News Archives

Africa University perseveres in Zimbabwe's hard times

9/25/2003 News media contact: Linda Green · (615) 742-5470 · Nashville, Tenn

By Pamela Crosby*

NASHVILLE, Tenn. (UMNS) - United Methodist-related Africa University has managed to maintain its health and vitality despite the economic and social turmoil in its host country, Zimbabwe, school officials say.

"In spite of the fact that Zimbabwe is experiencing crippling inflation and unbelievable shortages of food and fuel and other things, the superb budget management of our bursar, vice chancellor, general secretaries and many others have made it possible to finish each of the last three fiscal years with no deficit," said Aubrey K. Lucas, president emeritus of the University of Southern Mississippi and treasurer for the Africa University Board of Directors.

While acknowledging the school's resilience, Africa University's development committee is also confronting the need for increasing support from the denomination.

Nancy M. Carruth, a long-time champion of higher education, asked the group at its September meeting to encourage all delegates to the 2004 General Conference to continue support for Africa University. "Let them know that when the Africa University petition comes to the floor, saying 'yes' is a vote for the students of Africa University and future leadership on the African continent."

Committee members strategized about helping United Methodists understand that the denomination's original commitment of $20 million to the university for the quadrennium - $10 million toward the apportionment and $10 million toward the World Service Special endowment - has never been met. Local churches must give equally to both the apportionment and the endowment in order for the university to meet its day-to-day and operational needs, the committee said.

Africa University's Vice Chancellor Rukudzo Murapa thanked the school's Legacy Society - whose members invest in the school through planned giving - as well as the development committee for their commitment to the university.

Bishop Ernest S. Lyght of the church's New York Area - the newest member to the board of directors and the development committee - expressed excitement about the committee's work. "When you hear about the wars, when you hear about the rumors of wars, when you hear about what is going on in Zimbabwe and other places, remember that God is on the throne. … The morning is coming. It is a new day."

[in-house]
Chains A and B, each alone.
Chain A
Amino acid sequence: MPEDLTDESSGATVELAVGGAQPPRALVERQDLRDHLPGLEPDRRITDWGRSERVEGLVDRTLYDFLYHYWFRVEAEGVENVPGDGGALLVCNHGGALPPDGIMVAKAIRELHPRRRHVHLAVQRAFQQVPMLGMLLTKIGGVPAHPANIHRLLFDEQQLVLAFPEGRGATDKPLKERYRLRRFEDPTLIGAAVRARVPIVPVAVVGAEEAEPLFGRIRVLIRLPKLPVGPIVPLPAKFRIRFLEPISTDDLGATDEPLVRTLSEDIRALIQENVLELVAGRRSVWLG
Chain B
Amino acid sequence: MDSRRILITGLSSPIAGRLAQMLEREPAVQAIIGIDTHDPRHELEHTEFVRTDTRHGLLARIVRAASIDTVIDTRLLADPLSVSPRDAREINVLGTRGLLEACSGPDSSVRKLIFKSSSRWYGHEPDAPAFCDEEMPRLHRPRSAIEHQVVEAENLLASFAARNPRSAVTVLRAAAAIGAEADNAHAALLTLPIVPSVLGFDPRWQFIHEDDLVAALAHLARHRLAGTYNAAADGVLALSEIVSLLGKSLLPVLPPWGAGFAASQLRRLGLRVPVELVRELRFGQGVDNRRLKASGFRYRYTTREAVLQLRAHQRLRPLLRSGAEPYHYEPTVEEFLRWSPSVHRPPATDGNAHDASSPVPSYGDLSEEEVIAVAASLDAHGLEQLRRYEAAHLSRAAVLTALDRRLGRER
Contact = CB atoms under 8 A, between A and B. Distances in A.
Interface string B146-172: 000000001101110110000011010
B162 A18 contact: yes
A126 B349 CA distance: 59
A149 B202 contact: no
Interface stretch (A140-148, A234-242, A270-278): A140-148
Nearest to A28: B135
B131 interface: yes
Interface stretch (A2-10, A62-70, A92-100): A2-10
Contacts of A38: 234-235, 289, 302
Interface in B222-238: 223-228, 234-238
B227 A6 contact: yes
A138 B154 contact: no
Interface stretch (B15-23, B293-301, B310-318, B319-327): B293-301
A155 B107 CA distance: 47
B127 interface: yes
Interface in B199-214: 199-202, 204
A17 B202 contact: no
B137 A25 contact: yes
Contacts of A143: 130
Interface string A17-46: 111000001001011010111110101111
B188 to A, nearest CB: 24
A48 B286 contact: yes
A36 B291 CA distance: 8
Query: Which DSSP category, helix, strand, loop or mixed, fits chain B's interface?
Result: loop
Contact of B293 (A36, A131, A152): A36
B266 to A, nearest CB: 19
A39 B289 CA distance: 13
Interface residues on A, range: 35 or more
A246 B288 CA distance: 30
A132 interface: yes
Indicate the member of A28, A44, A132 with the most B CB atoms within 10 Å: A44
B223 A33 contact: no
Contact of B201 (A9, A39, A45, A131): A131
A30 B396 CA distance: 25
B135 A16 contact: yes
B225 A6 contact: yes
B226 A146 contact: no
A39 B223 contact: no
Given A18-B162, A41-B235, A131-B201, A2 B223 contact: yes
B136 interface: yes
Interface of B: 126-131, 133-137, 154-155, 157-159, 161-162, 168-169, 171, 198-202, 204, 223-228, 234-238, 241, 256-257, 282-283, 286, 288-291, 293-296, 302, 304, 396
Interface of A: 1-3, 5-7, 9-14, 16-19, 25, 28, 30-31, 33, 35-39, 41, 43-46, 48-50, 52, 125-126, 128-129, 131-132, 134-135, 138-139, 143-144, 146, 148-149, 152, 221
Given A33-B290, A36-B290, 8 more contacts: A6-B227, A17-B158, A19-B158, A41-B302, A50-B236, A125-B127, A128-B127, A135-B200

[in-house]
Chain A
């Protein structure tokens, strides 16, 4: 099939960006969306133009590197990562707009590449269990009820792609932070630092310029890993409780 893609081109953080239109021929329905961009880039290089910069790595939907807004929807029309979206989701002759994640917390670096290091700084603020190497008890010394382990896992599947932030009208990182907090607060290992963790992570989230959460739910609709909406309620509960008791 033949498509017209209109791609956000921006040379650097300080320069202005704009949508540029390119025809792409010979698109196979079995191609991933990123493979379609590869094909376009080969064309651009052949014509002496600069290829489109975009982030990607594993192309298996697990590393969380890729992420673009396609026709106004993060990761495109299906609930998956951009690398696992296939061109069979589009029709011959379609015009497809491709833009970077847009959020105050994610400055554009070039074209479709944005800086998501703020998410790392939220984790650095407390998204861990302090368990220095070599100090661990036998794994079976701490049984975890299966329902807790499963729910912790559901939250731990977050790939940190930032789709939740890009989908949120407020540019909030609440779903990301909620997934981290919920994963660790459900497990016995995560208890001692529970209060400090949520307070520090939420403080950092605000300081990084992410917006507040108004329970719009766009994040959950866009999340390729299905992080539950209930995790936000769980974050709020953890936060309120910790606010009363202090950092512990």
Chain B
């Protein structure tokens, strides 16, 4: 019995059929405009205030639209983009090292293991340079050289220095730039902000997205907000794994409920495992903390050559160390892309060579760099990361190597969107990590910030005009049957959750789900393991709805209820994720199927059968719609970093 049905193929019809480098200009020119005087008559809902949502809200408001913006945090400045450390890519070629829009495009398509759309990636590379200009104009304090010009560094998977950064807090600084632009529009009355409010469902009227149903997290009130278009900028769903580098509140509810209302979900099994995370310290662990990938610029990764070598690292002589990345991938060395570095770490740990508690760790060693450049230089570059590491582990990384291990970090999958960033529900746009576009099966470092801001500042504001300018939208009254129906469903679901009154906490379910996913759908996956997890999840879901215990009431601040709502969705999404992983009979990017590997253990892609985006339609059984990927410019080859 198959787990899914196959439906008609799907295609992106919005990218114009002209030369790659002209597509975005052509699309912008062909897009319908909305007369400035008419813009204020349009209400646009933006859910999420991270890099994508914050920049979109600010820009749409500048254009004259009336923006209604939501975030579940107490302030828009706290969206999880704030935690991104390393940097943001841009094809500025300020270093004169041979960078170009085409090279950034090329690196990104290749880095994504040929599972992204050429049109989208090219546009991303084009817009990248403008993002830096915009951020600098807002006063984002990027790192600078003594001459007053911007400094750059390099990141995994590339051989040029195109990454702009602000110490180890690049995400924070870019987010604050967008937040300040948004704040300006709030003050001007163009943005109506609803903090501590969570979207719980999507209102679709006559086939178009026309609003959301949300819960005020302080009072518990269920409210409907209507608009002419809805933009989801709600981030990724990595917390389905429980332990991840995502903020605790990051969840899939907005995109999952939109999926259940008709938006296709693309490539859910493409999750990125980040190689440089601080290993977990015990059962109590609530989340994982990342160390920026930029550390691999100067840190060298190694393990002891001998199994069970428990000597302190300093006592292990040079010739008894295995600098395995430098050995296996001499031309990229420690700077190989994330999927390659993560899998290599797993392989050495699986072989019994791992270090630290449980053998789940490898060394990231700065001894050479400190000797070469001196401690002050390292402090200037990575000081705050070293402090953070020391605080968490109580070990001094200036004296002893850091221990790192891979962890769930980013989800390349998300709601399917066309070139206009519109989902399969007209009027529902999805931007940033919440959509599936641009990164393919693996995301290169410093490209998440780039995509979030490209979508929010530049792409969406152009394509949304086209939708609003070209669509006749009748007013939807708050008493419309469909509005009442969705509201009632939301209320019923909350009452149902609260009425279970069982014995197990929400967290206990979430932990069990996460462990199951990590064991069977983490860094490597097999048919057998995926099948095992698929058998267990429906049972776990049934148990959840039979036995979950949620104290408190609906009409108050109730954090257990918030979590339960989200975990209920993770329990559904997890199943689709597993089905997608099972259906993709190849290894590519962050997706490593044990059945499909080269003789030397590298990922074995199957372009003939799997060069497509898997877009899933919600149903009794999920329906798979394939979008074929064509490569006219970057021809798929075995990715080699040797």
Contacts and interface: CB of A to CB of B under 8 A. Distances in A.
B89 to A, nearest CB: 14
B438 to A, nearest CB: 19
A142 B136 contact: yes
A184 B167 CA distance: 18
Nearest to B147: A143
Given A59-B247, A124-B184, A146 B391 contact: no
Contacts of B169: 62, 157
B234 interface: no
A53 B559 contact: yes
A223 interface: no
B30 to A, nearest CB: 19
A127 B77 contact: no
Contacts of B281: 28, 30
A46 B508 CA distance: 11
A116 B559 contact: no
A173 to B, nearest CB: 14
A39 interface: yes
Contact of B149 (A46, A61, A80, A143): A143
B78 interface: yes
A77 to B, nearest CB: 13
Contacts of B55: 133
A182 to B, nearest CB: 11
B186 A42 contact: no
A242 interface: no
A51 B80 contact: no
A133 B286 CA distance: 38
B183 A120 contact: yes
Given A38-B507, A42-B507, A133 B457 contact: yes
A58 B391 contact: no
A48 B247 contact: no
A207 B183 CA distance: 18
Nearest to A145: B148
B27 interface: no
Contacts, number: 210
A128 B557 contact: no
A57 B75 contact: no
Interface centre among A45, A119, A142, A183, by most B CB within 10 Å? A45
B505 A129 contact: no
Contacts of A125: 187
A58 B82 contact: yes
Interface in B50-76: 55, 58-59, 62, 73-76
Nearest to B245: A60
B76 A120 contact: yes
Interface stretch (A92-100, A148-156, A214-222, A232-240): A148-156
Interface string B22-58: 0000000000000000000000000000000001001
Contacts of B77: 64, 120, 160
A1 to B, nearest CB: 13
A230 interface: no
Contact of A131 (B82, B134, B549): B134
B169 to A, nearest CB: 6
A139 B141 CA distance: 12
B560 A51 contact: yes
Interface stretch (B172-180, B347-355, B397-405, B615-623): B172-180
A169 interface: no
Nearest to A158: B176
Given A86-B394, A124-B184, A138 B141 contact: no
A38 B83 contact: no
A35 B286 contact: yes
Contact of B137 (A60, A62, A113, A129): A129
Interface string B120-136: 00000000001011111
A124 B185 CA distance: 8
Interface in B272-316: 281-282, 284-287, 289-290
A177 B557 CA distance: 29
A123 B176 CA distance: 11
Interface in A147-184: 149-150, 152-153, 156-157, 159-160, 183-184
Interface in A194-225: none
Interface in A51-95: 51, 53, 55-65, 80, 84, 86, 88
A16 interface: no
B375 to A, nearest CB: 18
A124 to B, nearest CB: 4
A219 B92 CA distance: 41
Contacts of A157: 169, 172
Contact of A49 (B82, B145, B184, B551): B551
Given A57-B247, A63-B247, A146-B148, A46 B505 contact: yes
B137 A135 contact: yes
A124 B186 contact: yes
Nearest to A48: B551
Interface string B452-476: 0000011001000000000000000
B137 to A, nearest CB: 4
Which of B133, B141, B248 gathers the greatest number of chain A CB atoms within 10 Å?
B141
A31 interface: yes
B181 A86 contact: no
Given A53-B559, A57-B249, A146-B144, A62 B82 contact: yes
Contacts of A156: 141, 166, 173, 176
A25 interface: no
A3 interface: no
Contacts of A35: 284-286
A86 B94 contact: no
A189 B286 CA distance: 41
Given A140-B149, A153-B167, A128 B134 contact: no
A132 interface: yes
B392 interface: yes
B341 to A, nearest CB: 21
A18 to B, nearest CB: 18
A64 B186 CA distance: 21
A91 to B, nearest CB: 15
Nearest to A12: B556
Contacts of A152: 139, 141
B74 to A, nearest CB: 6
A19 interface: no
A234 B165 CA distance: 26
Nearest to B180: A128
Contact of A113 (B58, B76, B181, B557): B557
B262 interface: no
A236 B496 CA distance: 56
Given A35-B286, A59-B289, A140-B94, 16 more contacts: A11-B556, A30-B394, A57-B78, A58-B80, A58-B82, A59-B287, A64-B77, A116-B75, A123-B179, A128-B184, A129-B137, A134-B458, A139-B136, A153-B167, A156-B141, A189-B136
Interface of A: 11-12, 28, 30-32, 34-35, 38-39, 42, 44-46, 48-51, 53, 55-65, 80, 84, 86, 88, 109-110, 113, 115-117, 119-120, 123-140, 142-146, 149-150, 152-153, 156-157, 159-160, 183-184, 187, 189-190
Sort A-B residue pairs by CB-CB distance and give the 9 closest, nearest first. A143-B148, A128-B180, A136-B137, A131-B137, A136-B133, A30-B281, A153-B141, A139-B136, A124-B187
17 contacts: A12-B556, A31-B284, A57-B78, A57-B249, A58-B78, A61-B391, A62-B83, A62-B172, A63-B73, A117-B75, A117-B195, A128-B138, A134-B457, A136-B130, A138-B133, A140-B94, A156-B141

During the development committee's biannual meeting, staff executive James Salley told members that Africa University's ability to "survive within an unfriendly economic and political environment reinforces our belief that the university is a gift from God." Salley is Africa University's associate vice chancellor for institutional advancement.

The university began classes Aug. 18 with a projected enrollment of 1,200 students representing 21 African countries. "In spite of the scarcity of certain commodities in the country," Salley said, "the dining hall did not miss a meal."

Committee members celebrated a $1.6 million in-kind gift through a collaboration with the Christian Alliance for Humanitarian Aid, which is partnering with Africa University and others to ship medical supplies, seeds, food concentrates and items to Zimbabwe.

In other business, the committee:
· Learned that the Christian Alliance for Humanitarian Aid has stored and prepared for shipment 100,000 HIV/AIDS test kits for Africa University. Prescription medicines, vitamins, and mineral products also have been donated.
· Highlighted the results of the Usahwira (you-suh-we-rah) project, which helps local churches begin a relationship with the university in a variety of ways.
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*Crosby is a staff member of the Office of Interpretation of the United Methodist Board of Higher Education and Ministry.

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